Whether in sidewalk chalk or media headlines, SESP senior Alessio Manti has made his mark on campus. From running in the 2009 ASG presidential campaign to hosting recent protests like Tea Party to Occupy the Rock and In.Tent.City., Manti demonstrates the power of a positive attitude in promoting change, even when the going gets tough.
“One of my life mantras is ‘screw it, why not do it,'” Manti said. “If it seems like there isn’t a good answer to that question, then I will trust my instinct and follow it more or less where it leads me.”
Unlike other students who might take this phrase and use it for mischief, Manti has focused his efforts on finding ways to improve life for his community.
“I feel that every person has an obligation to give to their community if they expect to receive,” Manti said. “If we pour love and care and attention into our communities and surroundings, our nation will prosper. If we choose to remain bitterly divided and apathetic, we’re proverbially S.O.L.”
This philosophy shows through in his numerous academic, philanthropic and social efforts on campus, according to students.
Though the list is staggering, some of these endeavors include the founding and managing of student services such as MyCat Enterprises, LLC and the Deuce Caboose, involvement in student government and local group protests, as well as the development of a new internship program in his fraternity.
When asked what drives his seemingly endless pattern of activism and innovation, his response was simple – how could you not do it? Despite this simplistic approach, Manti recognizes that progress cannot always be achieved by just going with the flow, as frequent obstacles hinder advancement on all levels. According to him, these challenges are all part of the process of achievement.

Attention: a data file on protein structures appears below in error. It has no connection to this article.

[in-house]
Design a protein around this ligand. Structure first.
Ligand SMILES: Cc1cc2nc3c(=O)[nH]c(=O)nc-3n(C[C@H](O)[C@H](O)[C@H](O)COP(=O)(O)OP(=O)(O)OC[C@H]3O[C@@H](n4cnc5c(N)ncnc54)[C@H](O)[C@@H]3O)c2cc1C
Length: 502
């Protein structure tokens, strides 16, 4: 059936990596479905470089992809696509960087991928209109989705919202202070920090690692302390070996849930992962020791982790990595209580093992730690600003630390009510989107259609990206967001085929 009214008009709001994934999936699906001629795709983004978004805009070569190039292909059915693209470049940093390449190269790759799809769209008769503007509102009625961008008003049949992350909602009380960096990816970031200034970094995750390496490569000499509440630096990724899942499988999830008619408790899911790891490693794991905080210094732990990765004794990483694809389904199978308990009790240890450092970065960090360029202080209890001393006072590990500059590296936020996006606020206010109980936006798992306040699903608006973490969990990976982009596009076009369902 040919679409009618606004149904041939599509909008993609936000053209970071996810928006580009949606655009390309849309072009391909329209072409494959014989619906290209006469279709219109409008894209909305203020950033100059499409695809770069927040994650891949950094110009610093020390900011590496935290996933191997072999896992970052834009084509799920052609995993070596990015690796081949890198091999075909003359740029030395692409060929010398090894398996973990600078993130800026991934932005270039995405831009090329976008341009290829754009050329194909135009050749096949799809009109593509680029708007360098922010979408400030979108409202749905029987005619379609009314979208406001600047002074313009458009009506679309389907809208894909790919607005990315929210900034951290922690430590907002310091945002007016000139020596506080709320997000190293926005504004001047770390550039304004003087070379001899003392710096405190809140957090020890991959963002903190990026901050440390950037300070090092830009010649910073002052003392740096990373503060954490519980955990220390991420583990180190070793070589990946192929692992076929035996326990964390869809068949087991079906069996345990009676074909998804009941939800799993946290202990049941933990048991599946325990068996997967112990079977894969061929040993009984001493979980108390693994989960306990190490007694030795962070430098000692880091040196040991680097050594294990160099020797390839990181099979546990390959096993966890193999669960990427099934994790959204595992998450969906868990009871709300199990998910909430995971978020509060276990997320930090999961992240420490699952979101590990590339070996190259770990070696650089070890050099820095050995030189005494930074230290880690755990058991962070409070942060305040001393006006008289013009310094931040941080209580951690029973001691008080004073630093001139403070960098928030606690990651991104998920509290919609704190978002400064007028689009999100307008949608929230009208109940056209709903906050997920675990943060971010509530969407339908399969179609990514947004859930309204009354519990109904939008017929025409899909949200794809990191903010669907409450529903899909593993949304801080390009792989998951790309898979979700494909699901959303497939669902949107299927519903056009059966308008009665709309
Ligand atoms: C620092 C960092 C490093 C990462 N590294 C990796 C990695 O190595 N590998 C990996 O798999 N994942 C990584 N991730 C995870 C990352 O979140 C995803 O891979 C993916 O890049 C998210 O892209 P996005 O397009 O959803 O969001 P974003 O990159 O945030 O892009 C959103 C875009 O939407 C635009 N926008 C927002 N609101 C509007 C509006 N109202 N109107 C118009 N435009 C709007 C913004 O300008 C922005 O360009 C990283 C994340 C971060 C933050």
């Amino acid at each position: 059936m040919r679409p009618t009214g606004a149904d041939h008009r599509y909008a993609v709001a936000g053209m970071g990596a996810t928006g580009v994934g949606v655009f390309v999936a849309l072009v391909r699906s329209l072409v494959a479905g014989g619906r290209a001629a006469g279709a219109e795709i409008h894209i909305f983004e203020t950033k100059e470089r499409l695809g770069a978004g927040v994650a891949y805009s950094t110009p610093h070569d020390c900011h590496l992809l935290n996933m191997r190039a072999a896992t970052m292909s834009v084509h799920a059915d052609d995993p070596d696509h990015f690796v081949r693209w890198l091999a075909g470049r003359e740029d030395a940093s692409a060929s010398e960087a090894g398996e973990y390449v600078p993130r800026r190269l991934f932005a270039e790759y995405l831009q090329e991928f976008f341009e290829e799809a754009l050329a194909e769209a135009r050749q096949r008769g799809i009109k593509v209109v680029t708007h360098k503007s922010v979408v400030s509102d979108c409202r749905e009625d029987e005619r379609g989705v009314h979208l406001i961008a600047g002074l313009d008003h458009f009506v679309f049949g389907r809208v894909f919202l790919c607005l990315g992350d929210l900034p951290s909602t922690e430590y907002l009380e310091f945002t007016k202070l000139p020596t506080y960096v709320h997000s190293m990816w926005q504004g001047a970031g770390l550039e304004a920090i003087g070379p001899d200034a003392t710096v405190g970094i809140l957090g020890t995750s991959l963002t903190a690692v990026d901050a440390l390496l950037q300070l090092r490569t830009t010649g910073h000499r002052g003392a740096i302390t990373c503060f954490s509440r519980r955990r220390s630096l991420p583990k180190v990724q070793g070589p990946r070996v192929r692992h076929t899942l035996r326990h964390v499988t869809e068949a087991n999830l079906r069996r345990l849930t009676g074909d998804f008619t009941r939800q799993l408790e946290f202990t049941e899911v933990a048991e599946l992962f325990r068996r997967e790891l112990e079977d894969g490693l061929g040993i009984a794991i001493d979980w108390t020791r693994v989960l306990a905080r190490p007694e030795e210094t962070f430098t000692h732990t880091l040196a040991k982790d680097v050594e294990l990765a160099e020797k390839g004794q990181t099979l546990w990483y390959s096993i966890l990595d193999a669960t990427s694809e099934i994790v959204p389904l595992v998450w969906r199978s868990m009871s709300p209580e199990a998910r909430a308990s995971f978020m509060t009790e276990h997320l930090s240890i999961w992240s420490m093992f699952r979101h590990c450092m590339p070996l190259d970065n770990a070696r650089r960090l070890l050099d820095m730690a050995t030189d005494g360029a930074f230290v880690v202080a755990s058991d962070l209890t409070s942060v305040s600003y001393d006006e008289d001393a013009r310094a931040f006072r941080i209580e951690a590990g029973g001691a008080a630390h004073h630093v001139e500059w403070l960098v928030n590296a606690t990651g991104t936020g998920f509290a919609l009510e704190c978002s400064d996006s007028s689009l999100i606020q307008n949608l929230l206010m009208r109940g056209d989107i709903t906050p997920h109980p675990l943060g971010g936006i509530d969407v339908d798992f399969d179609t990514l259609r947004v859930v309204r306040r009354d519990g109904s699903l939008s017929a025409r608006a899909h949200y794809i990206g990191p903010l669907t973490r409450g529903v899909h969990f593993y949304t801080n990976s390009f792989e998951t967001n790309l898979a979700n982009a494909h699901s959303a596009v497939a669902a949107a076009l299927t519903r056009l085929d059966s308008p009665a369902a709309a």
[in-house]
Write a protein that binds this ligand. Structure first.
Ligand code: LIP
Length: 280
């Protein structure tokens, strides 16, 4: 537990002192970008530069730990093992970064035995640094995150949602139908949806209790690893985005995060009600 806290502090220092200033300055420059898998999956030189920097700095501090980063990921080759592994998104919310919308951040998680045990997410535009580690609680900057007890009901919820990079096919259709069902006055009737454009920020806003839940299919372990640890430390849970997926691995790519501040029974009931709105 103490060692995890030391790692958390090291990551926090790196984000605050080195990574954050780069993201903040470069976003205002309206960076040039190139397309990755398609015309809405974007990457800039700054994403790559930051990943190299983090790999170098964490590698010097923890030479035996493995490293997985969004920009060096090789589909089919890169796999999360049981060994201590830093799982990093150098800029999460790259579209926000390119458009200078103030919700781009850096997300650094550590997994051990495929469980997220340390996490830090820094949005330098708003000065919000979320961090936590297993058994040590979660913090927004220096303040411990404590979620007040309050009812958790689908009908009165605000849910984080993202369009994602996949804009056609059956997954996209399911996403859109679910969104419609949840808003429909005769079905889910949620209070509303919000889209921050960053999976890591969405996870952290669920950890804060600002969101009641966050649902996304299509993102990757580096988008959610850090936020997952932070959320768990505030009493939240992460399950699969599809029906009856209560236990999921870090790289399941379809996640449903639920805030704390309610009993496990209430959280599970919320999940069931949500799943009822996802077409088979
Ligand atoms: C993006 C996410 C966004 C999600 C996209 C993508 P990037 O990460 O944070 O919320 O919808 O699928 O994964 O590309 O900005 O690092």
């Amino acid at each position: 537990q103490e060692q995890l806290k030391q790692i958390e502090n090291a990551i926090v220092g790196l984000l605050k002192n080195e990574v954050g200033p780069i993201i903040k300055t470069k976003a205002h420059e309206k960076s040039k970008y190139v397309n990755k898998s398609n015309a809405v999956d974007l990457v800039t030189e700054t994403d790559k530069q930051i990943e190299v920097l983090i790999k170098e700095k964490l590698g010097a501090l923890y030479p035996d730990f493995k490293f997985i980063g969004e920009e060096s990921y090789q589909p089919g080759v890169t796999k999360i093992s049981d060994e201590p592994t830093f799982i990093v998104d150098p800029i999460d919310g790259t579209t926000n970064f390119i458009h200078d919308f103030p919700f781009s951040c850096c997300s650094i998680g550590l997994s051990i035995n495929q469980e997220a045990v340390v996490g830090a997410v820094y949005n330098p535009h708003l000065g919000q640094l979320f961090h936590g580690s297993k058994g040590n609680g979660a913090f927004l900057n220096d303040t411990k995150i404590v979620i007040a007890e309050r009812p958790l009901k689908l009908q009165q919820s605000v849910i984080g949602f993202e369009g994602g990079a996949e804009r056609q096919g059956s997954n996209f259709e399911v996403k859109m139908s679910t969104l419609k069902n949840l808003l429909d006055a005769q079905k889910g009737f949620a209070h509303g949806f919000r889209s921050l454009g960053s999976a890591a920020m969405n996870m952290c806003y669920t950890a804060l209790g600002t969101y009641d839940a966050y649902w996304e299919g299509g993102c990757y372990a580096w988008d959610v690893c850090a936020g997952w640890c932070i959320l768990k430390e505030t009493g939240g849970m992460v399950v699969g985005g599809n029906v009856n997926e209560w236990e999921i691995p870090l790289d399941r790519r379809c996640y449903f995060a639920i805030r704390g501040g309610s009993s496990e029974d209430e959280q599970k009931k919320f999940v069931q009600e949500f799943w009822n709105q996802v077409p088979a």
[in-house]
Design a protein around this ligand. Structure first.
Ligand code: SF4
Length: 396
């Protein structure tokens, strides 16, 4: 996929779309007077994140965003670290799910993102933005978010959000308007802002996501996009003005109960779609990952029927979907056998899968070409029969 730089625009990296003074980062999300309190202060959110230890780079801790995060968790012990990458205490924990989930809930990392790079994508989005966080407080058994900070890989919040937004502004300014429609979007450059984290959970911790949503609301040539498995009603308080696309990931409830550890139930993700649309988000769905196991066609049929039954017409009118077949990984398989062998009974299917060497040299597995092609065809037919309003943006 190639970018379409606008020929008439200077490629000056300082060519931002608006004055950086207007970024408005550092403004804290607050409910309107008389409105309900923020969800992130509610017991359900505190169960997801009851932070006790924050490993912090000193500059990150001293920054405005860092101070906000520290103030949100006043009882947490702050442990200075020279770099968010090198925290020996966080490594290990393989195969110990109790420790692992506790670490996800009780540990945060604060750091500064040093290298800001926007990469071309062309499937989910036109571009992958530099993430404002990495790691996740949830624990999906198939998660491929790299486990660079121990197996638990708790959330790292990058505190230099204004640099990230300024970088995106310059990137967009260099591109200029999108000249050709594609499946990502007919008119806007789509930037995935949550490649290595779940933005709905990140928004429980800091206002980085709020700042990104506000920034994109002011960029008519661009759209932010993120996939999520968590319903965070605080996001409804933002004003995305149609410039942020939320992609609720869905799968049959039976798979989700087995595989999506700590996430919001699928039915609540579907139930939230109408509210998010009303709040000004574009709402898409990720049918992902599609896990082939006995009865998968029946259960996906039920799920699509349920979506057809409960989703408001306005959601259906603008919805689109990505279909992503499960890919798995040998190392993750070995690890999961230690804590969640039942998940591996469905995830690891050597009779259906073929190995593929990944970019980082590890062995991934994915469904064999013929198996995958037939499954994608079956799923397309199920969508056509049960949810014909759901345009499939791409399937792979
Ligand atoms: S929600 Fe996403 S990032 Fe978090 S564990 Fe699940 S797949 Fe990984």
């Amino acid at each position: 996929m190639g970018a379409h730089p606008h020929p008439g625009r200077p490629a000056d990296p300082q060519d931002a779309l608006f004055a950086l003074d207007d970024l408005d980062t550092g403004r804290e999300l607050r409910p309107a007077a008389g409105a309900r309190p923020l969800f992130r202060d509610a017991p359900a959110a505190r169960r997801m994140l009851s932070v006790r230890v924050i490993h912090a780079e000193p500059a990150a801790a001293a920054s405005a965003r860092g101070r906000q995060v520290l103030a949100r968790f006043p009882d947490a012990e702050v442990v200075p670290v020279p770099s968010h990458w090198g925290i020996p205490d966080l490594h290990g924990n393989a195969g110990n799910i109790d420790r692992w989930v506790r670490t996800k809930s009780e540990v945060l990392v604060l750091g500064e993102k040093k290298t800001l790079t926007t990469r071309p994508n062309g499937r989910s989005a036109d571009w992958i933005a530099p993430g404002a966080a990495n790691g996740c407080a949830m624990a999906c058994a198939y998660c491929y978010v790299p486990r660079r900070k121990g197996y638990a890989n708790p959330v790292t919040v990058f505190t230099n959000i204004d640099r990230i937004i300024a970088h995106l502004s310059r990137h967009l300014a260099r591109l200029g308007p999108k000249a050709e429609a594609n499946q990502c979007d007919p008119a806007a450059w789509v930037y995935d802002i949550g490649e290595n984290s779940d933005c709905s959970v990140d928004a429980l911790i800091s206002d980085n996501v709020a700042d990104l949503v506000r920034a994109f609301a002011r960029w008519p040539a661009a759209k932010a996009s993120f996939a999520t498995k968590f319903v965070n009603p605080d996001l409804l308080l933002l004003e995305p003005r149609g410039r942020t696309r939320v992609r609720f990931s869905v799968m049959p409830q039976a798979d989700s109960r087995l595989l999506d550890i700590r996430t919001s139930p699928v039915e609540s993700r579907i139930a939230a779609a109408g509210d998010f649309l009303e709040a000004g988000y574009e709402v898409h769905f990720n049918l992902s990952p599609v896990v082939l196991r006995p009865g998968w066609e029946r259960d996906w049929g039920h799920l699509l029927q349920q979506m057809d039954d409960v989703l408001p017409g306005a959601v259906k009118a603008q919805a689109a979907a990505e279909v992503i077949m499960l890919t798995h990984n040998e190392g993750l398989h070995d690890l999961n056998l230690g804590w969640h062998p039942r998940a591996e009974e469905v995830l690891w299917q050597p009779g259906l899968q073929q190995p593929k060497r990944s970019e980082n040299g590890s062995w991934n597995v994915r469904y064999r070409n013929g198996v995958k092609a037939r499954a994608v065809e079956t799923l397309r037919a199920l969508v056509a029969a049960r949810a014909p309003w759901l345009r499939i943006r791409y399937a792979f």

“If you’re willing to make mistakes and to humble yourself enough to learn from an experience, working outside of your comfort zone will lead you to extraordinary places,” Manti said.
In his personal life, Manti has experienced first hand how difficulties have the potential to lead to rewarding experiences – describing his parents’ divorce as one main factor leading to his ambitious attitude and desire to reconcile differences for the betterment of the community.
“Seeing my parents argue taught me that two people genuinely and with all sincerity come to completely different and mutually exclusive conclusions about the same set of facts. Their perspectives on things were wildly different, and I was forced to always navigate between that rocky terrain,” Manti said. “In doing so I was taught how to handle conflict management, how to find common ground with people, and above all, how to stand my life and defend myself.”
These skills seem to have paid off for Manti, leading him to be acknowledged as one of the Top 10 Most Influential Students at Northwestern as a sophomore and continuously recognized for his efforts since.
“Alessio is a well-dressed, good-hearted and very boisterous Italian man who’s extremely passionate about things he sees as important,” said Manti’s pledge son, Weinberg sophomore Andrew Walker.
Walker also described him as hard working and impossible to describe in three words because of his complex character.
Though his experiences and ambitions at Northwestern seem larger than life in comparison to the average student, Manti’s ultimate goal for his peers is much smaller in scale.
“Put down your phones, your iPods and your laptops. Go outside. Meet people. Smile. Shake hands,” Manti said. “If we focus our communities back to the individual level – to the people-to-people interaction that guide us every day – we can be reminded of what it means to be human again.”
– Alyssa Mercado